The ruins of the San Souci Palace near the Cathedral photo/ Garry Pierre-Pierre
Cultural leaders in Haiti have described the gutting by fire of a celebrated 200-year-old church as an avoidable tragedy that highlights the fragility of the Caribbean nation’s patrimony – and the need to preserve its historical treasures.
The Our Lady of the Immaculate Conception church in the town of Milot is part of a Unesco world heritage site that includes the ruins of the Sans Souci palace and the Citadelle Laferrière, an imposing fort that looms over Haiti’s northern plains.
Fire tore through the church on Monday, causing its distinctive black wooden dome to collapse. The cause of the blaze has not been determined, but some saw it as indicative of the malaise of misrule that has long bedeviled the island – some of it locally rooted, and some imported by more powerful neighbors.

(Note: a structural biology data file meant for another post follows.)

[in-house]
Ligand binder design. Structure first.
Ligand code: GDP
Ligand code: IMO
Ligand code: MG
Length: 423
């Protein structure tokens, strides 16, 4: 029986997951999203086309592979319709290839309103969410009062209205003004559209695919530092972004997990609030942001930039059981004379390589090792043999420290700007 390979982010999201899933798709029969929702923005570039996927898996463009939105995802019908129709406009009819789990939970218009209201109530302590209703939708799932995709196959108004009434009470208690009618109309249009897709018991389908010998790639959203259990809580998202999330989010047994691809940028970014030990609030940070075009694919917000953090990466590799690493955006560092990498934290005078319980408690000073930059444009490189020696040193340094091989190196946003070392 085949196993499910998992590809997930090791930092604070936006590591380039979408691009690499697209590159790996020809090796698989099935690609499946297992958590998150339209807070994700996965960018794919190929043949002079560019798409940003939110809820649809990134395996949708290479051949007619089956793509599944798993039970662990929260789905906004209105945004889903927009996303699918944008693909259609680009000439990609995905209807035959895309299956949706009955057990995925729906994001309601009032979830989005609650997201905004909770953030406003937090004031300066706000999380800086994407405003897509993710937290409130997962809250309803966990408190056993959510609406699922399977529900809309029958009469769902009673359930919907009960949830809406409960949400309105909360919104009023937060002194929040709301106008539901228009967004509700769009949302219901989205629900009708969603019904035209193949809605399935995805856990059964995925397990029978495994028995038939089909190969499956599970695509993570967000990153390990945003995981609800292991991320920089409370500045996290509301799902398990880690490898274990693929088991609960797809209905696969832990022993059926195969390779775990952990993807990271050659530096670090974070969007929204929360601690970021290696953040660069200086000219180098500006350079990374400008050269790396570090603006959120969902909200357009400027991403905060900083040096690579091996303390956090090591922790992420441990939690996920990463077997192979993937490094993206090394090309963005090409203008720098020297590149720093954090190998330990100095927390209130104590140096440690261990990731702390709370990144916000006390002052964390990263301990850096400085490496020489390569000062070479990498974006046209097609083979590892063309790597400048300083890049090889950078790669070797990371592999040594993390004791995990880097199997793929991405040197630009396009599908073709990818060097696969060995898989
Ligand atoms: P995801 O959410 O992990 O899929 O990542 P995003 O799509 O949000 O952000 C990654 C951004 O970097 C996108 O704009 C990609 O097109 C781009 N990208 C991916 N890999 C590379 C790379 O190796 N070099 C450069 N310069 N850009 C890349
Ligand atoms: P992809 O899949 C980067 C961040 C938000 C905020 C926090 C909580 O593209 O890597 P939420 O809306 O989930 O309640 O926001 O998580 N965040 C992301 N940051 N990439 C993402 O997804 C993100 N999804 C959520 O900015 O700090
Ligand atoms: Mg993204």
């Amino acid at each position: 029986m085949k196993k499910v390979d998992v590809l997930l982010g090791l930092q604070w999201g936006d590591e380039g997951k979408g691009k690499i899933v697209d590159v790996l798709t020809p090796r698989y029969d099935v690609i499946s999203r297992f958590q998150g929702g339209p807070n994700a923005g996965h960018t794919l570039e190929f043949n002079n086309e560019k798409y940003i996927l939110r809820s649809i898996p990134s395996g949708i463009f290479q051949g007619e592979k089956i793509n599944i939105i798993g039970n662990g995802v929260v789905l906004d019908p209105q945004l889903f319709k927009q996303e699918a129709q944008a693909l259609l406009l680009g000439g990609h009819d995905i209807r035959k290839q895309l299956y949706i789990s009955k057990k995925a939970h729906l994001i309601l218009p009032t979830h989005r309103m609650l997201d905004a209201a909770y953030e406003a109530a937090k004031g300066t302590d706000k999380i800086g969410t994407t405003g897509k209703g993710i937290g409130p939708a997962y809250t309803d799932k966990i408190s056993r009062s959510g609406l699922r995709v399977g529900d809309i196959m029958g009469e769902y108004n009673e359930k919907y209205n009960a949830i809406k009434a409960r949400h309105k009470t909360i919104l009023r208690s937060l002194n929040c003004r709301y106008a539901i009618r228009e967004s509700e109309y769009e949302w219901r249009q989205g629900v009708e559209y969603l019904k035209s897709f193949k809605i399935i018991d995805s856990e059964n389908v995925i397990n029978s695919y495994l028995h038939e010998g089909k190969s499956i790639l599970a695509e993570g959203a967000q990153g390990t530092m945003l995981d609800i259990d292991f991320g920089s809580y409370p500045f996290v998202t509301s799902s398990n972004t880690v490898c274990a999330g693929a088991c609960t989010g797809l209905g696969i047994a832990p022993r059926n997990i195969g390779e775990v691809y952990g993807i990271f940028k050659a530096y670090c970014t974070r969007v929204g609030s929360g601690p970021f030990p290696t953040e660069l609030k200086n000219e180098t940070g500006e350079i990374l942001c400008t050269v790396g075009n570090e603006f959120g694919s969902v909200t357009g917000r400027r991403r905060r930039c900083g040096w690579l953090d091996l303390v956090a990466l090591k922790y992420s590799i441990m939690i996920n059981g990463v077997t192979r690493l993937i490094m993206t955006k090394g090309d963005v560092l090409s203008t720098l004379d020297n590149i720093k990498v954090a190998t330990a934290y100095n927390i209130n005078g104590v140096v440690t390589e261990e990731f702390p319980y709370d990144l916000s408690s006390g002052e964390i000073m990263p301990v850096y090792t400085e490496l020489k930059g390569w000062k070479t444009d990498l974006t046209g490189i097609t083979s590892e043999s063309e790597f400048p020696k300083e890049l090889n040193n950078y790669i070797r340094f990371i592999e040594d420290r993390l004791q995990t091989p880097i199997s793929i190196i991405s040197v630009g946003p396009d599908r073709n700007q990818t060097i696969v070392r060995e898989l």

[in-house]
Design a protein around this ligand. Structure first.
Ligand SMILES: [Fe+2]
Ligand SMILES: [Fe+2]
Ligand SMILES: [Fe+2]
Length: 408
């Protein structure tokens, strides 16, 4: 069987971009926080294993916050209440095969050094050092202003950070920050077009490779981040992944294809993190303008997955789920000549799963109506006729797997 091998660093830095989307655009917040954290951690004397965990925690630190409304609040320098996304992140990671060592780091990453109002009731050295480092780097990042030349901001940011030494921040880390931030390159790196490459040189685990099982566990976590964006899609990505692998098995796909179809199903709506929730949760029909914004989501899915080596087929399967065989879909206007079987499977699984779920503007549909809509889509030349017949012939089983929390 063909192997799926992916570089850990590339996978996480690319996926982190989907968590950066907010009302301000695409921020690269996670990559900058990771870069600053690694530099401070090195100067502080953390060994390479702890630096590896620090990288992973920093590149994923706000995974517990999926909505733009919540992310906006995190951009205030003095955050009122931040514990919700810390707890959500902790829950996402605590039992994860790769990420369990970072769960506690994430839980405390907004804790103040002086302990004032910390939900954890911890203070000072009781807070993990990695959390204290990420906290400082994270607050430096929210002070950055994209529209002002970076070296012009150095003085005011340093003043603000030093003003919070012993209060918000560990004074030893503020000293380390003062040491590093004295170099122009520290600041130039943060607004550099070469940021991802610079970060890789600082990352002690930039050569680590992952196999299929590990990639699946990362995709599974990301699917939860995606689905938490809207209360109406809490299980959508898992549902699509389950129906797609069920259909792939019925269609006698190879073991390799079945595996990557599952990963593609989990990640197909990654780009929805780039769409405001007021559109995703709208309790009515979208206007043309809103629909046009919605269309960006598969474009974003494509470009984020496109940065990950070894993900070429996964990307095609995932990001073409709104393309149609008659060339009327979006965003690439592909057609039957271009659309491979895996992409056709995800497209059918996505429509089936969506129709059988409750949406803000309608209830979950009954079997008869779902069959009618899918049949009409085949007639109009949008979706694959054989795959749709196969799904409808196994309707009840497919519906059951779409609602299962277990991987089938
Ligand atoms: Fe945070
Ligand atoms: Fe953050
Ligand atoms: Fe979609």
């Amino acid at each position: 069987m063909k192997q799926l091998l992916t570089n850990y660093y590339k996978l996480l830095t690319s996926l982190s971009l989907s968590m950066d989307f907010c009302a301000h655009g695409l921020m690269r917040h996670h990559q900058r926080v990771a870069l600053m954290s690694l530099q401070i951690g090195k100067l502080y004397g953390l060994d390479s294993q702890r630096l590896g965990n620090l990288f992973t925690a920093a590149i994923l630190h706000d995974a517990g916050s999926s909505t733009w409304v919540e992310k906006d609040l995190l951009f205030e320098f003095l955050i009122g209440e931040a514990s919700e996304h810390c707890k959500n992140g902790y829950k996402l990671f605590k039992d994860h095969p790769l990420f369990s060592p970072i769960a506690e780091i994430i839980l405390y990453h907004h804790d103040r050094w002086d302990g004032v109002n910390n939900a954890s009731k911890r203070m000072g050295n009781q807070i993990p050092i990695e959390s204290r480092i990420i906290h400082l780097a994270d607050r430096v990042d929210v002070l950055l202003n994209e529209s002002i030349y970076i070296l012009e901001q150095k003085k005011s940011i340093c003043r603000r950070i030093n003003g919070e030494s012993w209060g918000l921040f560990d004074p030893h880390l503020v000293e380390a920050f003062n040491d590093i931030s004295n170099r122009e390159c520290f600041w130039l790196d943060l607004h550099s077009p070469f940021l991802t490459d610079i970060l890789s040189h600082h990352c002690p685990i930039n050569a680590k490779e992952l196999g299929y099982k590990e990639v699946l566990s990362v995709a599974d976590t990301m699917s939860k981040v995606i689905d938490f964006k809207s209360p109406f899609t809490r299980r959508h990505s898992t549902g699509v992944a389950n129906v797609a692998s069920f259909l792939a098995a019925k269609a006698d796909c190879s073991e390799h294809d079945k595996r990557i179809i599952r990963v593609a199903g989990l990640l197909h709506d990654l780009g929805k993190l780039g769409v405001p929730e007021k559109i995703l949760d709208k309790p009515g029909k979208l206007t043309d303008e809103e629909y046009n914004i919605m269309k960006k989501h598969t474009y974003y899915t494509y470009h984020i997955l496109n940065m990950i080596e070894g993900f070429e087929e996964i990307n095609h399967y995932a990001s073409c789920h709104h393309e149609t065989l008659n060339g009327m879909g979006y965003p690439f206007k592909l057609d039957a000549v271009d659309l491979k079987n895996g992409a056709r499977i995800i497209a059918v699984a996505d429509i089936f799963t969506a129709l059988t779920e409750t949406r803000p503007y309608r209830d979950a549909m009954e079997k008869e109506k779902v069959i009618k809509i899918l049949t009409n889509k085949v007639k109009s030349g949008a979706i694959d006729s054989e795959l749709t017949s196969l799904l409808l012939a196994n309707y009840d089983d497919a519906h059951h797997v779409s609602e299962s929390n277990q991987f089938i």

“[For years] we have been asking the state to ensure the protection of these colonial dwellings, which are important as monuments of slavery, yet nothing has been done,” said Laënnec Hurbon, a sociologist with the State University of Haiti.
“But the state spends its time buying luxurious cars for ministers, functionaries and parliamentarians. It is therefore not surprising that everything concerning the national heritage is abandoned.”
The church was constructed between 1810 and 1813 by Henri Christophe, one of a cadre of revolutionary leaders including Toussaint Louverture and Jean-Jacques Dessalines who helped Haiti oust the French and end the system of slavery.
Christophe went on to declare himself King Henry I and ruled in autocratic splendour over northern Haiti until his death by suicide in 1820 amid a protracted civil war. Continue reading.

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